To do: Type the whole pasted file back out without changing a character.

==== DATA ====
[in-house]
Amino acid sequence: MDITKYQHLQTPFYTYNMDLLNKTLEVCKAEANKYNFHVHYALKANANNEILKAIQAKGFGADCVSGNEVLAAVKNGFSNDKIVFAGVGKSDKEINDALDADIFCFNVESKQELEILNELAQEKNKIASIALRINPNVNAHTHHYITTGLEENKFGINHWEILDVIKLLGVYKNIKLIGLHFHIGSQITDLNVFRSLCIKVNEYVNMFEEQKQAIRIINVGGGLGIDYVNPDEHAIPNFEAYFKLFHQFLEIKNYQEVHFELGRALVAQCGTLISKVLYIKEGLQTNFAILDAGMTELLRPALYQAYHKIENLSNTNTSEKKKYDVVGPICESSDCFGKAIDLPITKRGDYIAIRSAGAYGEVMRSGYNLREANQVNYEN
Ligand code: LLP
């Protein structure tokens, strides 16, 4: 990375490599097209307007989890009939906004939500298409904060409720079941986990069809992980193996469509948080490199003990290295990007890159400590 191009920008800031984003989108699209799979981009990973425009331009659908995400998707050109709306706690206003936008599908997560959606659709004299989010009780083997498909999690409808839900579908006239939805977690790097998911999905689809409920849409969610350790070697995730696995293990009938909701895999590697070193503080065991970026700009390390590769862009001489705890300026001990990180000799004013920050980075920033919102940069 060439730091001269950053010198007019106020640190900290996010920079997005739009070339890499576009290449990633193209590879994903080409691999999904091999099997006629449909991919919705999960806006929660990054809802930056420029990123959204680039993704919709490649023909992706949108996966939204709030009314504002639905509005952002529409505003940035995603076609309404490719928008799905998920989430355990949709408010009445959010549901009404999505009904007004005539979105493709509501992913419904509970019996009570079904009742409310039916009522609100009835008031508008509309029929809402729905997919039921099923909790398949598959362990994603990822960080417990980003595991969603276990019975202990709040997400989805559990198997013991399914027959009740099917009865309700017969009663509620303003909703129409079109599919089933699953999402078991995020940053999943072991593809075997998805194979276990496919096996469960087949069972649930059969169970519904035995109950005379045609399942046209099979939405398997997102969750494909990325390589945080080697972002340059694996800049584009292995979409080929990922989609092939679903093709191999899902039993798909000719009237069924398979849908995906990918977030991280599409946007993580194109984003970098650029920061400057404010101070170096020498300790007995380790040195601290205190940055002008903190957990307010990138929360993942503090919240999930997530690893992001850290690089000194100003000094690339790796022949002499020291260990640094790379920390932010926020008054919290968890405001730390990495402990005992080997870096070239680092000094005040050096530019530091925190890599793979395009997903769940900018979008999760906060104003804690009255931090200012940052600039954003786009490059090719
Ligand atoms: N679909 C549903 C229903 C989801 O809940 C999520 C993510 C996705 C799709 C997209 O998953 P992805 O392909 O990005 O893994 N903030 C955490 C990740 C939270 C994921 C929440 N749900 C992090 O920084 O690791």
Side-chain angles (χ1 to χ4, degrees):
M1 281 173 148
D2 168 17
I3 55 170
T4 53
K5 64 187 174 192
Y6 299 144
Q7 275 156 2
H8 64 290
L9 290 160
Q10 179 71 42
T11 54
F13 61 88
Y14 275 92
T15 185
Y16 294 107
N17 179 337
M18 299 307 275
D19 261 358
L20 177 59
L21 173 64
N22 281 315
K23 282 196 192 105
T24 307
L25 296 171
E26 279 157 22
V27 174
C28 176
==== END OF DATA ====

[in-house]
Amino acid sequence: MDITKYQHLQTPFYTYNMDLLNKTLEVCKAEANKYNFHVHYALKANANNEILKAIQAKGFGADCVSGNEVLAAVKNGFSNDKIVFAGVGKSDKEINDALDADIFCFNVESKQELEILNELAQEKNKIASIALRINPNVNAHTHHYITTGLEENKFGINHWEILDVIKLLGVYKNIKLIGLHFHIGSQITDLNVFRSLCIKVNEYVNMFEEQKQAIRIINVGGGLGIDYVNPDEHAIPNFEAYFKLFHQFLEIKNYQEVHFELGRALVAQCGTLISKVLYIKEGLQTNFAILDAGMTELLRPALYQAYHKIENLSNTNTSEKKKYDVVGPICESSDCFGKAIDLPITKRGDYIAIRSAGAYGEVMRSGYNLREANQVNYEN
Ligand code: LLP
């Protein structure tokens, strides 16, 4: 990375490599097209307007989890009939906004939500298409904060409720079941986990069809992980193996469509948080490199003990290295990007890159400590 191009920008800031984003989108699209799979981009990973425009331009659908995400998707050109709306706690206003936008599908997560959606659709004299989010009780083997498909999690409808839900579908006239939805977690790097998911999905689809409920849409969610350790070697995730696995293990009938909701895999590697070193503080065991970026700009390390590769862009001489705890300026001990990180000799004013920050980075920033919102940069 060439730091001269950053010198007019106020640190900290996010920079997005739009070339890499576009290449990633193209590879994903080409691999999904091999099997006629449909991919919705999960806006929660990054809802930056420029990123959204680039993704919709490649023909992706949108996966939204709030009314504002639905509005952002529409505003940035995603076609309404490719928008799905998920989430355990949709408010009445959010549901009404999505009904007004005539979105493709509501992913419904509970019996009570079904009742409310039916009522609100009835008031508008509309029929809402729905997919039921099923909790398949598959362990994603990822960080417990980003595991969603276990019975202990709040997400989805559990198997013991399914027959009740099917009865309700017969009663509620303003909703129409079109599919089933699953999402078991995020940053999943072991593809075997998805194979276990496919096996469960087949069972649930059969169970519904035995109950005379045609399942046209099979939405398997997102969750494909990325390589945080080697972002340059694996800049584009292995979409080929990922989609092939679903093709191999899902039993798909000719009237069924398979849908995906990918977030991280599409946007993580194109984003970098650029920061400057404010101070170096020498300790007995380790040195601290205190940055002008903190957990307010990138929360993942503090919240999930997530690893992001850290690089000194100003000094690339790796022949002499020291260990640094790379920390932010926020008054919290968890405001730390990495402990005992080997870096070239680092000094005040050096530019530091925190890599793979395009997903769940900018979008999760906060104003804690009255931090200012940052600039954003786009490059090719
Ligand atoms: N679909 C549903 C229903 C989801 O809940 C999520 C993510 C996705 C799709 C997209 O998953 P992805 O392909 O990005 O893994 N903030 C955490 C990740 C939270 C994921 C929440 N749900 C992090 O920084 O690791």
Side-chain angles (χ1 to χ4, degrees):
M1 281 173 148
D2 168 17
I3 55 170
T4 53
K5 64 187 174 192
Y6 299 144
Q7 275 156 2
H8 64 290
L9 290 160
Q10 179 71 42
T11 54
F13 61 88
Y14 275 92
T15 185
Y16 294 107
N17 179 337
M18 299 307 275
D19 261 358
L20 177 59
L21 173 64
N22 281 315
K23 282 196 192 105
T24 307
L25 296 171
E26 279 157 22
V27 174
C28 176